ATLANTA — Georgians rushing to gas stations to fill their tanks are worsening fuel shortages that began after a cyberattack shut down the Colonial Pipeline, Gov. Brian Kemp said Wednesday.
“Only get the gasoline you need,” Kemp urged motorists during a mid-afternoon news conference at the state Capitol. “Please do not go out and fill up every 5-gallon tank you have. Doing so will only mean the shortage will last longer.”
The 5,500-mile pipeline that supplies almost half of the gasoline on the East Coast shut down last Friday after a ransomware attack that has been traced to hackers operating out of Russia or Eastern Europe.
Colonial officials are working to get the pipeline back into service by the end of this week. Meanwhile, panicking motorists have been lining up at gas stations to fill their tanks, causing many stations in Georgia to run out of fuel.
According to Gasbuddy.com, a technology firm that tracks real-time fuel prices across the country, 43% of stations in Georgia were out of gas. There were no reports that any stations in Bulloch County had run out of gas as of Wednesday afternoon, but there were lines at several local stations, including Parker’s on Highway 80 East, next to Lowe’s.
Gasoline prices in Georgia have jumped 13 cents since Monday and with pump prices on the rise, Kemp signed an executive order Tuesday suspending the collection of the state gasoline tax.
Georgia collects a gasoline tax of 28.7 cents a gallon and a diesel tax of 32.2 cents a gallon. The tax is collected by distributors and paid to the state. The order also lifts the usual weight limits on fuel delivery trucks.
In a move to increase supplies, the U.S. Environmental Protection Agency has approved the state’s request to allow the sale of a blend of gasoline normally sold only during winter months. The state has a supply of winter-blend fuel in storage.
“We’re going to have this new product flowing quickly,” said state Commissioner of Agriculture Gary Black, whose agency oversees fuel quality control in Georgia.
Georgia Attorney General Chris Carr said his office has received more than 300 complaints of price gouging. The governor’s executive order prohibits price gouging, although pump prices have been edging higher during the last few days due to the higher costs of shipping fuel with the pipeline out of service.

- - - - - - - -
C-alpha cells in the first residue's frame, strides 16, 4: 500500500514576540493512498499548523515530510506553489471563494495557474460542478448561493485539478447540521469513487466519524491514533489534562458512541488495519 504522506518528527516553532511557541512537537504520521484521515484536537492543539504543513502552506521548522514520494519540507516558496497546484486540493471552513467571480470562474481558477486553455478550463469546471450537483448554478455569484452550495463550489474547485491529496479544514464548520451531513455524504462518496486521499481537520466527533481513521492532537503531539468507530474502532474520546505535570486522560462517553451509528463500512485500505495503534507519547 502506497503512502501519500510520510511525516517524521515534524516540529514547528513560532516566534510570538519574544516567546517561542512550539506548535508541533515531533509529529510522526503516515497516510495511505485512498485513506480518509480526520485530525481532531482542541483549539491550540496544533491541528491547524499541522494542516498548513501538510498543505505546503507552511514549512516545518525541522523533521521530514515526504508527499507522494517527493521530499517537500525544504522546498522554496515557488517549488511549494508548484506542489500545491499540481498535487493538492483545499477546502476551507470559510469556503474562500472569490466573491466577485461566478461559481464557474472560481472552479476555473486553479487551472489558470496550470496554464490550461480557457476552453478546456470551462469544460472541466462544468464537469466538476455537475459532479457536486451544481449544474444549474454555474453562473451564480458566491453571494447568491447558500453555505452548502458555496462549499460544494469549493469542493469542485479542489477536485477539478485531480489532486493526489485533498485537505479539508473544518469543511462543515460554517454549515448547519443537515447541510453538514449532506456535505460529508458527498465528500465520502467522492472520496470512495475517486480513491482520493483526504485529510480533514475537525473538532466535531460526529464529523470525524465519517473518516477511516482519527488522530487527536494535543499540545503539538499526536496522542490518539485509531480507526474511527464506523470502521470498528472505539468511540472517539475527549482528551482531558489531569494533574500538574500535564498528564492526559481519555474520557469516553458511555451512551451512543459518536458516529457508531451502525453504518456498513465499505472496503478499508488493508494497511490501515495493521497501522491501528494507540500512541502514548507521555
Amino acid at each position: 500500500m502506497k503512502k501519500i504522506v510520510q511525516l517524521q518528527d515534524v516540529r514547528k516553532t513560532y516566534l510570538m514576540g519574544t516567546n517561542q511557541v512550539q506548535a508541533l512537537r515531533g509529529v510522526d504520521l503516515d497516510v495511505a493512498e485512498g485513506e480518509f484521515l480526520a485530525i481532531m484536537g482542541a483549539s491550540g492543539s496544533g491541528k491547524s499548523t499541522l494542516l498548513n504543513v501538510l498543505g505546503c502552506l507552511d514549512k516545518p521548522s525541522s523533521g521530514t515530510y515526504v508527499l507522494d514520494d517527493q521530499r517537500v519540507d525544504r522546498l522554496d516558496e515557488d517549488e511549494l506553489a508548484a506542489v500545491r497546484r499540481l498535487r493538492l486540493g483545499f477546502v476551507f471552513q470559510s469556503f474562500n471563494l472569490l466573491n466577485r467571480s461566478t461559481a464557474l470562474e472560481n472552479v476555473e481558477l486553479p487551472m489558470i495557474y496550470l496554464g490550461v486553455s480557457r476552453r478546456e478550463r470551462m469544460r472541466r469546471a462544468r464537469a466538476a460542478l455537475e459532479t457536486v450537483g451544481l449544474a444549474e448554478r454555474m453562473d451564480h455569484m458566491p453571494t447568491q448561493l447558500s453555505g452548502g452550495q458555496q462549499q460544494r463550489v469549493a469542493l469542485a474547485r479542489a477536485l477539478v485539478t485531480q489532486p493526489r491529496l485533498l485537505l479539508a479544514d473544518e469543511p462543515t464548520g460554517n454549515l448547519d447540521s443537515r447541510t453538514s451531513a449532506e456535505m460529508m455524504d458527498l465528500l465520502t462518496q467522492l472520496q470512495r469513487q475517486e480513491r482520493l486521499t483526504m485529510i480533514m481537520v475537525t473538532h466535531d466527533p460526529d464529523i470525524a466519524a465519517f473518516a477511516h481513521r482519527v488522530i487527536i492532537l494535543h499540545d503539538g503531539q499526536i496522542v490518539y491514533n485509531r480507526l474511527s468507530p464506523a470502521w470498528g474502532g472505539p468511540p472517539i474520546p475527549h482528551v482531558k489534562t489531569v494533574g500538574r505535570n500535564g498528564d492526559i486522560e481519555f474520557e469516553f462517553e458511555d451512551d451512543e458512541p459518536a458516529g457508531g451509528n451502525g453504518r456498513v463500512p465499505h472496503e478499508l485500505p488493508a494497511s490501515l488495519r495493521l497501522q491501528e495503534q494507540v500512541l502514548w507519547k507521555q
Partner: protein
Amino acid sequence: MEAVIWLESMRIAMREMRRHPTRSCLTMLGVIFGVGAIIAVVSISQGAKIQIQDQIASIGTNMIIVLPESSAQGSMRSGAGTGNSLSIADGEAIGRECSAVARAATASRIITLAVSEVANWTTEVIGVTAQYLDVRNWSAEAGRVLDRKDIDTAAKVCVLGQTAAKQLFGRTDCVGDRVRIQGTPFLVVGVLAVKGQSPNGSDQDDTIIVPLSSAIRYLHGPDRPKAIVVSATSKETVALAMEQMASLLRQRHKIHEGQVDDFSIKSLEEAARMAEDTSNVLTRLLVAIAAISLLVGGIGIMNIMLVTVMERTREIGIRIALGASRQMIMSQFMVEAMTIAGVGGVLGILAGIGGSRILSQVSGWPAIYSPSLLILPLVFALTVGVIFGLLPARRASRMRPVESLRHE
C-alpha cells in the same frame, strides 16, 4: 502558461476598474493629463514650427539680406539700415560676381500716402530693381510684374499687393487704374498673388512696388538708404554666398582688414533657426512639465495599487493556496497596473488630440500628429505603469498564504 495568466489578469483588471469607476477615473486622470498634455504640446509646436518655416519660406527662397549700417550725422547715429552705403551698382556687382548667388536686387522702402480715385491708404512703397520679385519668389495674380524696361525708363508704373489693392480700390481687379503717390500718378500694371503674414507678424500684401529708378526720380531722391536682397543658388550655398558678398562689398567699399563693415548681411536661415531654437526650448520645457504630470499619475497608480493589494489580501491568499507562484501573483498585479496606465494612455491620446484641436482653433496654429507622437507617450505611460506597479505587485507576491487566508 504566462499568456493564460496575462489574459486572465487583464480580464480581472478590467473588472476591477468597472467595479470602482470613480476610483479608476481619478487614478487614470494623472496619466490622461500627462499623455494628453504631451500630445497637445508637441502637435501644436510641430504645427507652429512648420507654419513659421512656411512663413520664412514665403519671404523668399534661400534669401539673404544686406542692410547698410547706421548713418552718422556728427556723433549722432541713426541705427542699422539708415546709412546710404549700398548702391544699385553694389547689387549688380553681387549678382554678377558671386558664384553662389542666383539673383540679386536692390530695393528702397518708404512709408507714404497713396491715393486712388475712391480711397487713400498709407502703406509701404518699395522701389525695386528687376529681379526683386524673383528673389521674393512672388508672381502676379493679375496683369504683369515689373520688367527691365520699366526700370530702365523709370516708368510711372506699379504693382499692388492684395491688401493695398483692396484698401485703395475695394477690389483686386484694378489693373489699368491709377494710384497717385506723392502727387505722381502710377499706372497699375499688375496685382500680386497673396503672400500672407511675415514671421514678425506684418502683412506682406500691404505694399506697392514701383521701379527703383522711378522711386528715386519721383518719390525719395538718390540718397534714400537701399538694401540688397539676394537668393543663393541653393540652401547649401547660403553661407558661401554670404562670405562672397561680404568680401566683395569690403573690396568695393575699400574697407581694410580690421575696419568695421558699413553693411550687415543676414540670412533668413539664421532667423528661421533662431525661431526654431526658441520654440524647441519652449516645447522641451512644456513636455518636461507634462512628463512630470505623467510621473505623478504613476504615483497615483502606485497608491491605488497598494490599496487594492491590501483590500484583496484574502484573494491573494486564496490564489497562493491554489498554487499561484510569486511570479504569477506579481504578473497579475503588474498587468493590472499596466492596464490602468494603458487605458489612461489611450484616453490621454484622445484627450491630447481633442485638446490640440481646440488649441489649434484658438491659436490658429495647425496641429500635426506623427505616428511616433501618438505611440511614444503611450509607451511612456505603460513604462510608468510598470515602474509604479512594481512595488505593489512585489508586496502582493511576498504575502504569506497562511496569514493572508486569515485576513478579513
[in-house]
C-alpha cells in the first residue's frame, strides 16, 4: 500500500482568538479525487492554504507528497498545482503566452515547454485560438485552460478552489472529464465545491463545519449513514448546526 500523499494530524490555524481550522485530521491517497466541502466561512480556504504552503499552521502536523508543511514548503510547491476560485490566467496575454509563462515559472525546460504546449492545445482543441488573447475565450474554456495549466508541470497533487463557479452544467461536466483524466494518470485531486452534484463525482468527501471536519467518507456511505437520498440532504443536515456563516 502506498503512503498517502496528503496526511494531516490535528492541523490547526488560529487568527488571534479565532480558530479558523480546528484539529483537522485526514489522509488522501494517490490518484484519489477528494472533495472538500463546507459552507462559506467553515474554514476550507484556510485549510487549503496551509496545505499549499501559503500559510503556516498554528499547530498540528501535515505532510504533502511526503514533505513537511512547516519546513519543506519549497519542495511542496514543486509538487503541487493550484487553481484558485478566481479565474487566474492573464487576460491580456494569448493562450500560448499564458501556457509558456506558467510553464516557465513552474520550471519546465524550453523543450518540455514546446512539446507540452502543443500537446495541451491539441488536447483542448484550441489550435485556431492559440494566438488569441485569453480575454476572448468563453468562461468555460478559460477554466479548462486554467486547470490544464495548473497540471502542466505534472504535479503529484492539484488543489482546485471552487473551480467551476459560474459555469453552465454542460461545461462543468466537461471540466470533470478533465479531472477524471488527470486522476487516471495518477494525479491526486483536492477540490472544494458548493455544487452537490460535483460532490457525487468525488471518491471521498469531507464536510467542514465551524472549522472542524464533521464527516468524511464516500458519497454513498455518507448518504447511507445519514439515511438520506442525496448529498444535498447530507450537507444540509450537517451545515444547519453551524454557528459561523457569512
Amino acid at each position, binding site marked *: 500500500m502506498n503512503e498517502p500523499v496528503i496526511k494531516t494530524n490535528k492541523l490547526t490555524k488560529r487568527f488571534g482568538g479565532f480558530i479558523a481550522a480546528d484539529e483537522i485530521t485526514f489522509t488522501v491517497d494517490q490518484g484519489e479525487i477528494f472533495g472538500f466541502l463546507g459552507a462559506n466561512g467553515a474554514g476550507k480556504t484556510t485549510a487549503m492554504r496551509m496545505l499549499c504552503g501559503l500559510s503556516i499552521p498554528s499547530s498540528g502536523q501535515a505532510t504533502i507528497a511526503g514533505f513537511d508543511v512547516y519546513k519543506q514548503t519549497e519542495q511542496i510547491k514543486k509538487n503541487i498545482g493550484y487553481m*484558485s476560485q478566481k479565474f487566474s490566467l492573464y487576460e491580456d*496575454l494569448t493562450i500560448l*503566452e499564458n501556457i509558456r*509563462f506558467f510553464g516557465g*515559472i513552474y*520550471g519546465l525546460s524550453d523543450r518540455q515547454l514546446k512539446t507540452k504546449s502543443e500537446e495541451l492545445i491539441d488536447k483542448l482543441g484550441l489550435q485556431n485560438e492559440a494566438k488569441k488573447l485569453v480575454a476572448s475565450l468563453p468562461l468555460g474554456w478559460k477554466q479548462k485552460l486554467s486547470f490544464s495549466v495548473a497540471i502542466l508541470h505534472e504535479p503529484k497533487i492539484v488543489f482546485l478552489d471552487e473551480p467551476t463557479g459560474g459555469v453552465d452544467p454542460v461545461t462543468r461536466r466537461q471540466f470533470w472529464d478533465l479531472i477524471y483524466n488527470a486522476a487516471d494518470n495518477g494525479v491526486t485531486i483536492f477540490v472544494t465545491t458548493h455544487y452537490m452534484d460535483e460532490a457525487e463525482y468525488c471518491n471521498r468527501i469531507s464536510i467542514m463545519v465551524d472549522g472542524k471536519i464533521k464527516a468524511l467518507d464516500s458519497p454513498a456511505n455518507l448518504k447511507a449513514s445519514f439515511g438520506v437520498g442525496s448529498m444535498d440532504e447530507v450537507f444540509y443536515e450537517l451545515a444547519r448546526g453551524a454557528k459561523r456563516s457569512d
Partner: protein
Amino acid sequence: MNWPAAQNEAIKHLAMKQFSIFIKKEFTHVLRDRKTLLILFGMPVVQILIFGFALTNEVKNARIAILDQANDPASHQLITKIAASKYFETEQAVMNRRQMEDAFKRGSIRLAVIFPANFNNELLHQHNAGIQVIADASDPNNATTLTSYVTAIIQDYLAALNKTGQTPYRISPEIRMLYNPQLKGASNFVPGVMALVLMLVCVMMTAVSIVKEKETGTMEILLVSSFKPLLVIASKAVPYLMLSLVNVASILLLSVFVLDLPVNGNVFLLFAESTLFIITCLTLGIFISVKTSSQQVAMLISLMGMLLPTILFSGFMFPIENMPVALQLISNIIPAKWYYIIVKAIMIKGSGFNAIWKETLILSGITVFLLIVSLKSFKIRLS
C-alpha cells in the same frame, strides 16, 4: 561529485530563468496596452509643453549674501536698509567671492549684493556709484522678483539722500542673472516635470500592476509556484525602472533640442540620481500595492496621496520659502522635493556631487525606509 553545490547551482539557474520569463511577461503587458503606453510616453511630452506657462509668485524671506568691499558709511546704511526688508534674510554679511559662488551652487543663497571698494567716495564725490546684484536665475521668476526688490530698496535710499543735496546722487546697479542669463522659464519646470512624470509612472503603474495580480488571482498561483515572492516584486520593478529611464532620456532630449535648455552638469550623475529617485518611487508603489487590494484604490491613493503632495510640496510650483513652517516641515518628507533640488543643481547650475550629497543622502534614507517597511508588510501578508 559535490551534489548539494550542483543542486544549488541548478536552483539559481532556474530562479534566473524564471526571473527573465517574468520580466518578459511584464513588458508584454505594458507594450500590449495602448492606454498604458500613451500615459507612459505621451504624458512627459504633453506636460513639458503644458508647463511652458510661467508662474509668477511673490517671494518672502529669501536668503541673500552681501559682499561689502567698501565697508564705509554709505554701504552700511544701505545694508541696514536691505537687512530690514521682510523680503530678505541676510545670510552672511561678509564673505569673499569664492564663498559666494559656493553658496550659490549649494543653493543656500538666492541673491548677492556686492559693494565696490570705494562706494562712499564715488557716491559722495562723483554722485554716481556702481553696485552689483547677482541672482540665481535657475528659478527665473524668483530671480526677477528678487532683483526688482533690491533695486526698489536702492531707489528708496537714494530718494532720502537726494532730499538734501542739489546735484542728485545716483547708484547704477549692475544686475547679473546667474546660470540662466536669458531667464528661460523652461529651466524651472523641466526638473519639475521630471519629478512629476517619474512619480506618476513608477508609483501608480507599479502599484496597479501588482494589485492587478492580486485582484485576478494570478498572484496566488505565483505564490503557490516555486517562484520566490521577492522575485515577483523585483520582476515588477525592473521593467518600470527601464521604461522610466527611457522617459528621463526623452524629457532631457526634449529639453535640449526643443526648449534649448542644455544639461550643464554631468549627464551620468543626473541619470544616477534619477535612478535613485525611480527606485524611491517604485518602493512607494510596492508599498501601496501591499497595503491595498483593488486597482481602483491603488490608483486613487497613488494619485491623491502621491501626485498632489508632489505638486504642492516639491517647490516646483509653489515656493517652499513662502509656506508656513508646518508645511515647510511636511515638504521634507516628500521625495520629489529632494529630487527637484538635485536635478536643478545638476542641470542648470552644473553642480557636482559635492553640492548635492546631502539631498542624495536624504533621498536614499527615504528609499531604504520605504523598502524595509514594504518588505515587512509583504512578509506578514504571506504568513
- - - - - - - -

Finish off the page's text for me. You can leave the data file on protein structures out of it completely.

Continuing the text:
“No one should be taking advantage of consumers trying to pursue their daily activities,” Carr said.
Issues across Southeast
Drivers waited in long lines at gas stations in the Southeast as panic buying has drained supplies at thousands of gas stations.
If the pipeline shutdown extends past the weekend, it could create broader fuel disruptions. The pipeline runs from the Gulf Coast to the New York metropolitan region, but states in the Southeast are more reliant on the pipeline.
“What you’re feeling is not a lack of supply or a supply issue. What we have is a transportation issue,” said Jeanette McGee, spokeswoman for the AAA auto club. “There is ample supply to fuel the United States for the summer, but what we’re having an issue with is getting it to those gas stations because the pipeline is down.”
In North Carolina, 65% of gas stations were out of fuel, according to Gasbuddy.com. In Virginia, 44% of stations were out, and in South Carolina, 16% had no fuel.
The national average price for a gallon of gasoline ticked above $3 for the first time since 2016 Wednesday, according to the AAA. Prices begin to rise around this time every year and the auto club said Wednesday that the average price hit $3.008 nationally.